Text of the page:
Housing for Older People

What are the odds you can market the 20%?

Have you heard of the “80/20” requirement of the Federal Fair Housing Act?  It is also part of New Jersey’s Law Against Discrimination.

The law prohibits discrimination against families with children.  That is called “familial status” discrimination.  Under the Federal Fair Housing Act (and the New Jersey State Law Against Discrimination) it is the equivalent of discriminating against someone because of their race or religion.  However, both governments have recognized that there should be an exception to that prohibition and it is called “Housing For Older Persons.”  There are two tests for maintaining a valid age restriction which is justified as being part of a program for “Housing For Older Persons.”

  1. The first is that eighty percent of residences must be occupied by one person 55 years of age or older.  (“The 80% requirement”).
  2. The second is a Housing Provider must “. . .publish and adhere to policies and procedures that demonstrate its intent to operate as housing for persons 55 years of age or older.”  (The “Policies and Procedures Requirement”).

HUD amended its regulations in 1999 which will allow a housing provider who maintains Housing For Older Persons to flexibly use the twenty percent of the homes not required to be occupied by one person 55 years of age or older.  A housing provider can set whatever age restriction it wants (even one which otherwise might be deemed to discriminate against families with children) if it wants to market that twenty percent to consumers who do not satisfy the 55 year old requirement.

This is based upon the April 1999 adoption by HUD of Amendments to the Regulations related to operating your property in conjunction with a legal age restriction as Housing For Older Persons.

The regulation adopted on that date indicates specifically in Section 100.305:

“Each housing facility or community may determine the age restriction, if any, for units that are not occupied by at least one person 55 years of age or older so long as the housing facility or community complies with the provisions of Section 100.306.”

In its comments to these regulations, HUD indicates:

“There is no requirement that the remaining twenty percent of the occupied units be occupied by persons under the age of 55, nor is there a requirement that those units be used only for persons where at least one member of the household is 55 years of age or older.  Communities may require that one hundred percent of the units have at least one occupant who is 55 years of age or older, may permit up to twenty percent of the occupied units to be occupied by persons who are younger than 55 years of age, or set whatever requirements they wish, as long as “at least eighty percent” of the occupied units are occupied by one person 55 years of age or older, and so long as such requirements are not inconsistent with the overall intent to be housing for older persons.  (Emphasis added).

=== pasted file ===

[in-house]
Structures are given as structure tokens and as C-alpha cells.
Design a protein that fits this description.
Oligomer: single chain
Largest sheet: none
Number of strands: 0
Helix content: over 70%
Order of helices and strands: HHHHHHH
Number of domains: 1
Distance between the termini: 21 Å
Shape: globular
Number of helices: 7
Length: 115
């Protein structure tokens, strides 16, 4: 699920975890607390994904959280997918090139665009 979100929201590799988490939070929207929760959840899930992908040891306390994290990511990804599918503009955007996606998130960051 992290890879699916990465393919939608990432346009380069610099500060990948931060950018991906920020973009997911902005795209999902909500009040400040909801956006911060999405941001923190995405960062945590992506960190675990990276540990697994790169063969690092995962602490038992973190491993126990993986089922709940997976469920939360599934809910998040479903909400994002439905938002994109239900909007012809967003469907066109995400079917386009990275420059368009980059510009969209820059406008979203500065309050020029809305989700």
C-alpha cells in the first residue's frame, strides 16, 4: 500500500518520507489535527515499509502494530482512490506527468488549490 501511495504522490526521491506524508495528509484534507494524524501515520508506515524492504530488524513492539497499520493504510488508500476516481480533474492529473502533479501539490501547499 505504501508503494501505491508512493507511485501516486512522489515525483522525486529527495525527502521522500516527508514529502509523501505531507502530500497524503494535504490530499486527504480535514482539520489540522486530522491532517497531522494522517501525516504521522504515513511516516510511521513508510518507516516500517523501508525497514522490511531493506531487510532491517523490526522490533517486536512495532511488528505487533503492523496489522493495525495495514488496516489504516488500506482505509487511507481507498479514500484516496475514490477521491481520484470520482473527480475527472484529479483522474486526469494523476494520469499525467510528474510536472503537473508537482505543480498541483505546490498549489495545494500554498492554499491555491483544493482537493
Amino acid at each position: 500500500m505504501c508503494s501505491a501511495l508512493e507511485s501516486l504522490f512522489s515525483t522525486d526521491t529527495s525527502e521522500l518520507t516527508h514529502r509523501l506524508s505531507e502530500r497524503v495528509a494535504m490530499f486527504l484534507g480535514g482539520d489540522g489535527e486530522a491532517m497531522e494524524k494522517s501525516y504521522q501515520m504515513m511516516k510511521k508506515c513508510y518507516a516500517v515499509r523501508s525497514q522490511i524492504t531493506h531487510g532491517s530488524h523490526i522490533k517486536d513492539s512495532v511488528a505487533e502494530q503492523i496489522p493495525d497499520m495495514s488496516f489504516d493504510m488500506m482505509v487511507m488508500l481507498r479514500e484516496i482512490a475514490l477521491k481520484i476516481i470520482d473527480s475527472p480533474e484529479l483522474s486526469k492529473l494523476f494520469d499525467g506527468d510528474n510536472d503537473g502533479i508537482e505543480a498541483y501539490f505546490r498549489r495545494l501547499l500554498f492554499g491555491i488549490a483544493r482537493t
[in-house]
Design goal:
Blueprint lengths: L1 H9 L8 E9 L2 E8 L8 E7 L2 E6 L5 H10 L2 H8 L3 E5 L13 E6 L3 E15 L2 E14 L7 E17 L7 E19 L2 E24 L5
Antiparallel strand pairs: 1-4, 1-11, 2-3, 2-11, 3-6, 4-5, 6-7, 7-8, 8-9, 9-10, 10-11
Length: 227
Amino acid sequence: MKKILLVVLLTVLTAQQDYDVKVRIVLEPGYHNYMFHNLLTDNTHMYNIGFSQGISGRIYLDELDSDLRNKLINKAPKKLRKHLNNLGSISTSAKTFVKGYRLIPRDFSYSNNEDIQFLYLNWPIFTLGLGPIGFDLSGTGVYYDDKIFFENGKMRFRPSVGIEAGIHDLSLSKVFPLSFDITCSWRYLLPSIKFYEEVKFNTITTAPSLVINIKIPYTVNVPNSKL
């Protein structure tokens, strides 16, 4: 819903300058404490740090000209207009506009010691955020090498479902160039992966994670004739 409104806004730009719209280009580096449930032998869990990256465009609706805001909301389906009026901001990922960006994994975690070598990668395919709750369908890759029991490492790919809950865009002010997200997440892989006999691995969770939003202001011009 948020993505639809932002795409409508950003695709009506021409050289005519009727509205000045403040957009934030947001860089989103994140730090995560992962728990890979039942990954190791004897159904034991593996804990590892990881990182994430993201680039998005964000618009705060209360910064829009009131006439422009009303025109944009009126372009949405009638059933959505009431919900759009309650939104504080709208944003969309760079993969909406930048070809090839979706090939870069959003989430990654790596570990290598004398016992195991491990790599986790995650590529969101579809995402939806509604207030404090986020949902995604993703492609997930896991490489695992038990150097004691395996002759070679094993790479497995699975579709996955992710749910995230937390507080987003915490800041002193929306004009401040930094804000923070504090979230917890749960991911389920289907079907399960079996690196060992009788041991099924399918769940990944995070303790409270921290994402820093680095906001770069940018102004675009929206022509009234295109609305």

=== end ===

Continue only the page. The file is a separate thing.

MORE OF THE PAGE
HUD believes that the appropriate use of the twenty percent, if any, is at the discretion of the community or facility and does not intend to impose more specific requirements in this area.  For example, a community could allow some percentage of the units, up to twenty percent, to be made available to persons over the age of fifty, and, as long as the overall intent to be senior housing remains clear, HUD would not have an objection.”

The citation for that is 64 Fed. Reg. 16327.

What a housing provider cannot lose sight of is the Policies and Procedures Requirement that it maintain and demonstrate an intent to be Housing For Older Persons by publishing and adhering to rules which indicate the same.

HUD has listed a series of considerations that it will make in determining whether a housing provider is publishing and adhering to policies and procedures which demonstrate an intent to be Housing For Older Persons.  It will consider:

  1. The manner in which the housing facility or community is described to prospective residents (it should use “housing for older persons”).
  2. Any advertising designed to attract prospective residents.
  3. Lease provisions.
  4. Written rules, regulations, covenants, deeds or other restrictions.
  5. The maintenance and consistent applications of the relevant procedures.
  6. Actual practices of the housing facility or community;
  7. Public posting in common areas of statements describing the facility or community as housing for persons 55 years of age or older.

HUD expressly discourages the use of the word “adult” in describing your facility.  Don’t use it.

These criteria are why a housing provider cannot allow any exceptions from its written policies.

If a housing provider is going to formulate this policy of allowing persons under 55 in “the twenty percent” put it in writing, date it and keep it in a policy folder.  That way if you are ever investigated and HUD ever asks you for this policy you can show your documented consideration of and adherence to the policy.  It should be made part of your screening policy.  That way it is handed out to applicants and that way it will be “published.”  The relaxation of the 55 year old restriction in the twenty percent portion of your spaces need not be made part of your lease – at least not for all tenants.  However, that age restriction for the 20% (whatever a housing provider chooses it to be) should be made part of any lease entered into with anyone who the housing provider is going to make the exception for in the twenty percent.

By Christopher J. Hanlon, Esq., a NJ Landlord Attorney

If you would like to schedule and appointment to discuss you landlord matter, please contact Christopher J. Hanlon, Esq. at chanlon@hnlawfirm.com or Fredrick P. Niemann, Esq. at fniemann@hnlawfirm.com. They can also be reached toll-free at (855) 376-5291.